The ease of searching the internet and patient curiosity about their own skin conditions often leads to patients presenting their physicians with questionable self-diagnoses and medical theories. In a press release on Oct. 30, 2017, dermatologists from the University of Southern California (USC) present seven common skin care myths patients believe.
1) “Cutting dairy will help my acne.”
There has not been enough research done on nutrition and skin to say definitively one way or the other, said Dr. David Peng, chair of dermatology at Keck Medicine, USC. After all, he says, “who would fund it?” Most dermatologists don’t believe food can affect conditions like acne or eczema, he added, “but if the patient swears it, then we always say if you believe that, then just avoid it.”
2) “It must be good for me—it’s organic.”
Ingredients grown organically may be free of certain synthetic additives, such as specific pesticides, chemical fertilizers and dyes. However, being identified as organic does not necessarily mean a face cream, eyeliner, or a skin care product is healthier or that the user will not have an allergic reaction to it. Dr. Ashley Crew, assistant professor of clinical dermatology at USC, said: “A lot of plant-based products are common culprits for causing skin rashes.”
3) “I’m not at risk for melanoma because I only went to a tanning booth once.”
Patients’ attempts to give themselves a ‘healthy glow’ using ultraviolet light lamps might have the opposite effect, with even one visit seriously increasing the risk of developing melanoma, said Dr. Binh Ngo, assistant professor of clinical dermatology at USC. “The majority of my melanoma patients in their 20s and 30s got it from tanning beds.”
4) “I have a lot of moles so it’s no big deal if one or two changed a little.”
Any changing mole deserves attention, no matter its location or how many other moles the individual might have. If not caught early, melanoma is likely to spread to other parts of the body.
5) “I don’t use sunscreen because I’m afraid it will give me cancer.”
“Sunscreen is one of the most important tools in preventing skin cancer,” said Dr. Crew. However, it is not sufficient on its own. Sunscreens need to be reapplied every few hours, particularly after going into the water or after sweating. Broad-spectrum sunscreens of SPF 30 or higher are recommended, and patients should be advised to wear a hat and protective clothing to cover their skin, as well as to use shade where available.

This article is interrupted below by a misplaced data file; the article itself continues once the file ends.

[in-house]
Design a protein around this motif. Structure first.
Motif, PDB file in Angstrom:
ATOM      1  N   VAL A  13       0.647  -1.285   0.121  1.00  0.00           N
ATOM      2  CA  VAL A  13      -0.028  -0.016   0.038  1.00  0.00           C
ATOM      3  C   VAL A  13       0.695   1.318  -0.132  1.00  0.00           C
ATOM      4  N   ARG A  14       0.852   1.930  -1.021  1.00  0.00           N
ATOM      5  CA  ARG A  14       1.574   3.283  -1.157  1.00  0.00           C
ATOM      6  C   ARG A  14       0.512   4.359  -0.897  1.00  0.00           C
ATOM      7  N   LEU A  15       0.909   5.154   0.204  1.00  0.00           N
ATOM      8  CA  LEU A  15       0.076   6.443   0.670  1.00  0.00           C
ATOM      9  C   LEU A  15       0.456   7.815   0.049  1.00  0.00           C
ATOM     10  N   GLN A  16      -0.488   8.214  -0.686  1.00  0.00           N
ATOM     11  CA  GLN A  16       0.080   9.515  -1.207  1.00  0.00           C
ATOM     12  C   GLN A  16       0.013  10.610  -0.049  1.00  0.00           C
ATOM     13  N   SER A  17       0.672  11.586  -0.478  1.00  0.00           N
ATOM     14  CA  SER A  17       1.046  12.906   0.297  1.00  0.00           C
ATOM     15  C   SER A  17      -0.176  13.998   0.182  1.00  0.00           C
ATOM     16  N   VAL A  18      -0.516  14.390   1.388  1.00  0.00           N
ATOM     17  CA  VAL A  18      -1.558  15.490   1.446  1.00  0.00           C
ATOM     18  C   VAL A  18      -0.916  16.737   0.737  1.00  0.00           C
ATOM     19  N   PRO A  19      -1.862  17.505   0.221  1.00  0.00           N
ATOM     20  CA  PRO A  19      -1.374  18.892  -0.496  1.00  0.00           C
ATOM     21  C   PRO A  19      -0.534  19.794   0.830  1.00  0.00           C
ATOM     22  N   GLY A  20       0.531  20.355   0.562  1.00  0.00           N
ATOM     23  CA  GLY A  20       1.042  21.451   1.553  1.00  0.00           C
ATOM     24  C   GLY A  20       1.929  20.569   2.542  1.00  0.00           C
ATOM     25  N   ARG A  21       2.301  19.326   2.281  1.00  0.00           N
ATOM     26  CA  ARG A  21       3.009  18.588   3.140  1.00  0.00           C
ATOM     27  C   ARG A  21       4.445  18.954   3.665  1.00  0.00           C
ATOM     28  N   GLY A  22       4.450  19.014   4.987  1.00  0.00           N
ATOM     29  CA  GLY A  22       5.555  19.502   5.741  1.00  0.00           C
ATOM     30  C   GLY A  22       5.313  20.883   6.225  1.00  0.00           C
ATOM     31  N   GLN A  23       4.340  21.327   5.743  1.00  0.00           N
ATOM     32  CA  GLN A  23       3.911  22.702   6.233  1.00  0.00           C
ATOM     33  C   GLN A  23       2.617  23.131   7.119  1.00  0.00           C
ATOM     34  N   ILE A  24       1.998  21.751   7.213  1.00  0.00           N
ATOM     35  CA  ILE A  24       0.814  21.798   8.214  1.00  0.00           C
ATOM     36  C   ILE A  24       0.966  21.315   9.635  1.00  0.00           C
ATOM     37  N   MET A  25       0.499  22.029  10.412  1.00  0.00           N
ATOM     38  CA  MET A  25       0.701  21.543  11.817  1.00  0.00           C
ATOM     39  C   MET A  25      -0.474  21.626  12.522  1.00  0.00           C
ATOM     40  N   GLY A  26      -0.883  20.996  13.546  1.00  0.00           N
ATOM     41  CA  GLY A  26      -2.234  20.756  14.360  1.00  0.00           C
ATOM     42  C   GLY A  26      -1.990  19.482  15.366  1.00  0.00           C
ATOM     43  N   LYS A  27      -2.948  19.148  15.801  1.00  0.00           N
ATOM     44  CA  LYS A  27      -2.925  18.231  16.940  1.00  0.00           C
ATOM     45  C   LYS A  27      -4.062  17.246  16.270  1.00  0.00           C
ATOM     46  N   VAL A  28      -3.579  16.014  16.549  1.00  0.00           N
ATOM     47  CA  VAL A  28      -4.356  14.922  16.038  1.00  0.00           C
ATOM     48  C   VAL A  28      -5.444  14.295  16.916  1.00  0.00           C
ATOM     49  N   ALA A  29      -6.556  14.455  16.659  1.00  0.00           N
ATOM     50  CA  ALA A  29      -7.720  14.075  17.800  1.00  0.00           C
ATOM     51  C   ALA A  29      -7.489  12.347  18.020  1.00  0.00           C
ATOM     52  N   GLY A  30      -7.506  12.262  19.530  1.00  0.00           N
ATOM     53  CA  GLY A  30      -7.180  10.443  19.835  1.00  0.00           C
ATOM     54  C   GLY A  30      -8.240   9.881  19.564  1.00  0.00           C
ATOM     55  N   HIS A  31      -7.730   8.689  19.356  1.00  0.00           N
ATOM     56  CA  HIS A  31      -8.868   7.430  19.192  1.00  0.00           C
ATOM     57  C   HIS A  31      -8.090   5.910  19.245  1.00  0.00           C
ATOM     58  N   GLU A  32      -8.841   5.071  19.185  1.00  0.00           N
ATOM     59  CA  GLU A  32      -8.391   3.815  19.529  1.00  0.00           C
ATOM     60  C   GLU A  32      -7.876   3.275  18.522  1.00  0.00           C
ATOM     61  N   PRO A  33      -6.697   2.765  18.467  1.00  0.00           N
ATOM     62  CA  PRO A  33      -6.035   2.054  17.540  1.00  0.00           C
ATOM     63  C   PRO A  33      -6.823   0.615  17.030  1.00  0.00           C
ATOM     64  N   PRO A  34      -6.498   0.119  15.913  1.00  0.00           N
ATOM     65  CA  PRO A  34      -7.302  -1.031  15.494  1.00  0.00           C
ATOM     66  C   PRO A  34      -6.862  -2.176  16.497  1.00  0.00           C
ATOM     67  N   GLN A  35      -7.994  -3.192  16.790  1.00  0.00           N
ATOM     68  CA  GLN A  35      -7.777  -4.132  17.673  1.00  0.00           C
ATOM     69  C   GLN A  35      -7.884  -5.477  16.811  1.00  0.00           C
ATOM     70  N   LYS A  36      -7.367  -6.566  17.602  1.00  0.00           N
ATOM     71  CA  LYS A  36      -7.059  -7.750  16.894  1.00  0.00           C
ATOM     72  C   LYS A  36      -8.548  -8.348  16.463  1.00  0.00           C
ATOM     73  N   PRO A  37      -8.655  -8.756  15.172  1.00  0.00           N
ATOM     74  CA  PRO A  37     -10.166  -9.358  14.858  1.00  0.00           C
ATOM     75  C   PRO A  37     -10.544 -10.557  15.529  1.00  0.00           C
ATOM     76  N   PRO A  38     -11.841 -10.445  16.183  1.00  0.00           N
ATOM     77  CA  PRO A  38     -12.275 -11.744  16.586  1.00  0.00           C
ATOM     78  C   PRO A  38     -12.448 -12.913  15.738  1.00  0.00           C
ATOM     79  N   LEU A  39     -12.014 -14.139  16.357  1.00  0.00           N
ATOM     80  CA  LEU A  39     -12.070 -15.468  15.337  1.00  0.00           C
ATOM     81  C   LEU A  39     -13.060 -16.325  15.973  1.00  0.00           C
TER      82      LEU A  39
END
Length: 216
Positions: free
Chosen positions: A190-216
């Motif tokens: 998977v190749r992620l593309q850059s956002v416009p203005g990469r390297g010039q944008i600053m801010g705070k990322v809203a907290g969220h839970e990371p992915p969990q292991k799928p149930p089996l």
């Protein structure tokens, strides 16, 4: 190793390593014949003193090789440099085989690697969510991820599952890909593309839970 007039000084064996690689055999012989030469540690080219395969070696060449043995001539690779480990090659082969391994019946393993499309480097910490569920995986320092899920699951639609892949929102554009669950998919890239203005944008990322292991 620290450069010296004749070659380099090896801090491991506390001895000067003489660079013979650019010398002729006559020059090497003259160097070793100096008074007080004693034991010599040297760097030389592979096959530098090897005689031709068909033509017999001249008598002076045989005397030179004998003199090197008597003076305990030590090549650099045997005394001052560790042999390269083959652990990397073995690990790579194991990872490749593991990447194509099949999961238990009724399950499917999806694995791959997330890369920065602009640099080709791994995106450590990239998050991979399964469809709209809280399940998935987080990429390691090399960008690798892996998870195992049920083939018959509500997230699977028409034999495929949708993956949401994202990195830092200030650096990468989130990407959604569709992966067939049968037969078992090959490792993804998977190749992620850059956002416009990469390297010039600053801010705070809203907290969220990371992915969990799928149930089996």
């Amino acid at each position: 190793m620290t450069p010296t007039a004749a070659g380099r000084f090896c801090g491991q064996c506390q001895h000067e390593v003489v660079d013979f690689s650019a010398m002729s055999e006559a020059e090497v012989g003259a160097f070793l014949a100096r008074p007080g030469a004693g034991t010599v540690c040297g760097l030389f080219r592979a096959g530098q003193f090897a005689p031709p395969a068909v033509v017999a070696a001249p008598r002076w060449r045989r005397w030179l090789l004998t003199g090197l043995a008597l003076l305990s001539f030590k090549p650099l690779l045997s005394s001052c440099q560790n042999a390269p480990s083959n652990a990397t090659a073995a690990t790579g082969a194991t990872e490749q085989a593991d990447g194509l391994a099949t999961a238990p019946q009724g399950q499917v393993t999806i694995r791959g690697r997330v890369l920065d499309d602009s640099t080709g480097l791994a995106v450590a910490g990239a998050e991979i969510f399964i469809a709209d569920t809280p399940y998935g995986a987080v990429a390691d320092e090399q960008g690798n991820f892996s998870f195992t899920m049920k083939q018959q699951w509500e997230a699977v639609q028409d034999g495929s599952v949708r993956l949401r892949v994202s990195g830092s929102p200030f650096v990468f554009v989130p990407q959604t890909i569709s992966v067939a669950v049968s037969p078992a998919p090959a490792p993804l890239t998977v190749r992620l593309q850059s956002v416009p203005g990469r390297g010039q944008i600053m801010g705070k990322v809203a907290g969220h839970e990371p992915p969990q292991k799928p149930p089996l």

6) “A few blotchy patches on my skin is just a reaction to my lotion.”
Blotchy marks may be a sign of something more serious. Brown, thickened, velvety acanthosis nigricans patches appearing on the back of the neck could be a sign of diabetes, for example.
Dr. Peng said that when he notices it on a patient, “often times I can tell if someone is pre-diabetic before they even get their lab [results] back.”
If the blotchy skin is losing sensation, it could be a sign of leprosy, a condition which Dr. Maria Teresa Ochoa, associate professor of clinical dermatology at USC, said can first appear as a “small redness” before feeling is lost in the affected patch of skin.
7) “This bright rash is from too much sun.”
A butterfly-shaped rash on a patient’s face that spreads across the cheekbones and nose after sun exposure might be photodistributed erythema, a sign of lupus. “It looks like a butterfly in the middle of your face,” said Dr. Peng.
Dr. April Armstrong, associate professor of clinical dermatology at USC, said that patients need to know that blistering rashes should be brought to the attention of their doctor immediately, as they could be signs of severe drug reactions or of infections, such as herpes.